Leviticus 16:29-31 commanded that a fast should be kept in connection with the Day of Atonement. But there is no mention of it in 2 Chronicles 7:8-10.


Leviticus 16:29-31 This is to be a lasting ordinance for you: On the tenth day of the seventh month you must deny yourselves and not do any work - whether native-born or an alien living among you, because on this day atonement will be made for you, to cleanse you. Then, before the LORD, you will be clean from all your sins. It is a sabbath of rest, and you must deny yourselves; it is a lasting ordinance.

2 Chronicles 7:8-10 So Solomon observed the festival at that time for seven days, and all Israel with him - a vast assembly, people from Lebo Hamath to the Wadi of Egypt. On the eighth day they held an assembly, for they had celebrated the dedication of the altar for seven days and the festival for seven days more. On the twenty-third day of the seventh month he sent the people to their homes, joyful and glad in heart for the good things the LORD had done for David and Solomon and for his people Israel.

Indeed, according to Leviticus 16:29-31, Israel was to fast and possibly even show further penitence by wearing sackcloth (Psa. 35:13). Failure to observe this day made one liable unto death (Lev. 23:28-30).

However, just because something is not mentioned in Scripture, does not mean it did not take place. We do similar things even today. For instance, on the day I wrote the answer to this question, this was a true statement: "I wrote the answer to this question today." However, though I do not mention it in the quote above, I also did several others things the same day - prayed, read, turned on the computer, ate, etc.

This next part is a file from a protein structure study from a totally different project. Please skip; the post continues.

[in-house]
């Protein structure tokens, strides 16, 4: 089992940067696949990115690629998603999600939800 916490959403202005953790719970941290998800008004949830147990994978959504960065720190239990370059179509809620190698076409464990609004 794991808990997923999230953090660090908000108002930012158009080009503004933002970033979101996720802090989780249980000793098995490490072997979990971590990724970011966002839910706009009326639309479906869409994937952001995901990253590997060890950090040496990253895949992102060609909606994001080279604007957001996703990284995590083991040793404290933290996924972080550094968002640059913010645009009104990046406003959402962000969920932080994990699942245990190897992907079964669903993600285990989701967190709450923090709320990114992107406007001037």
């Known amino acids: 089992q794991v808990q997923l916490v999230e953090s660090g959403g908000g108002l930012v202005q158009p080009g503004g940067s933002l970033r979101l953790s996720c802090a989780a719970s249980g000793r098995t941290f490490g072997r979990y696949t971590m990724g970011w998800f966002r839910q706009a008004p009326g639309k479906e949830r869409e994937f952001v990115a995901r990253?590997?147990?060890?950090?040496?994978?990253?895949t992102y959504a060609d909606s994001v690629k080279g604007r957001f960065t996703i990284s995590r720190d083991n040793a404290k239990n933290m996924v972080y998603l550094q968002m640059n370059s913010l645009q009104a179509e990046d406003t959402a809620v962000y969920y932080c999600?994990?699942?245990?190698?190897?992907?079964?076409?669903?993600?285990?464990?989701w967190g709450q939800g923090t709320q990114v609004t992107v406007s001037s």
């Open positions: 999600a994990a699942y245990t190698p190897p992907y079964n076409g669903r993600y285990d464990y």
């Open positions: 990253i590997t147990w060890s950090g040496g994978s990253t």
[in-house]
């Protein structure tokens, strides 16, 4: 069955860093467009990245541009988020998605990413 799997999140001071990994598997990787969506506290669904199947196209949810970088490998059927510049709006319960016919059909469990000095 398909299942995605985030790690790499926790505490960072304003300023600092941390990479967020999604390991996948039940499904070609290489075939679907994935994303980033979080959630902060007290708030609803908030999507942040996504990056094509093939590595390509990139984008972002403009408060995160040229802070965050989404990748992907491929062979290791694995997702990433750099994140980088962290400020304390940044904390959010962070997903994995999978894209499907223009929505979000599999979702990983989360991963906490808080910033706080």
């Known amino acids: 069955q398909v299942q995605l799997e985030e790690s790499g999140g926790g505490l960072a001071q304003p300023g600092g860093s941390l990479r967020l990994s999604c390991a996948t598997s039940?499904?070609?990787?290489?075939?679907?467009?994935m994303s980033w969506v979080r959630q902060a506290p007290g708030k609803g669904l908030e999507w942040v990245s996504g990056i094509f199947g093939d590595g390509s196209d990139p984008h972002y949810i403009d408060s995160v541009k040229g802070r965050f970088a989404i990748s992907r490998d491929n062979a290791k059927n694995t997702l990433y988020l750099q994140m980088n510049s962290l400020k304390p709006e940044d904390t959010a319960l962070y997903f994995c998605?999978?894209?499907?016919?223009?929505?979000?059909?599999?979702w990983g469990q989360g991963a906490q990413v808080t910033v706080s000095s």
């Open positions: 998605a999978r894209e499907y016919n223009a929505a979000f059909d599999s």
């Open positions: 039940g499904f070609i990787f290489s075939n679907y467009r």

Now, returning to Leviticus 16:29-31 and Leviticus 23:28-30, we may observe the importance of the festival and the penalty accompanying its improper observance. In addition, in 2 Chronicles, we may also observe God's response to Solomon's dedication (2 Chron. 7:11-22). So, I believe the Bible reader may safely assume it was observed.

R.B. Dillard states:

The Chronicler appears to be elaborating on 1 Kgs 8:65 to clarify the precise sequence of events. The dedication festival lasted seven days, from the eighth to the fourteenth of the month, and was followed by the regular observance of the Feast of Tabernacles from the fifteenth to the twenty-second day of the month. The eighth day (7:9; cf. Lev 23:39) would be the final convocation on the twenty-second, followed by dismissal on the twenty-third day of the month (7:10). Again a parallel has been achieved with David who similarly dismissed a national assembly (1 Chr 16:13, 43). The celebration would have included the Day of Atonement (Lev 23:2632; Lev 16) on the tenth day, but the author is silent about it. A similar two-week observance of the temple dedications occurred under Hezekiah (30:23).


Dillard, R. B. Word Biblical Commentary Vol.15, 2 Chronicles. Dallas: Word, Incorporated, 2002.

Answer by Dr. Joseph R. Nally, Jr.

Dr. Joseph R. Nally, Jr., D.D., M.Div. is the Theological Editor at Third Millennium Ministries (Thirdmill).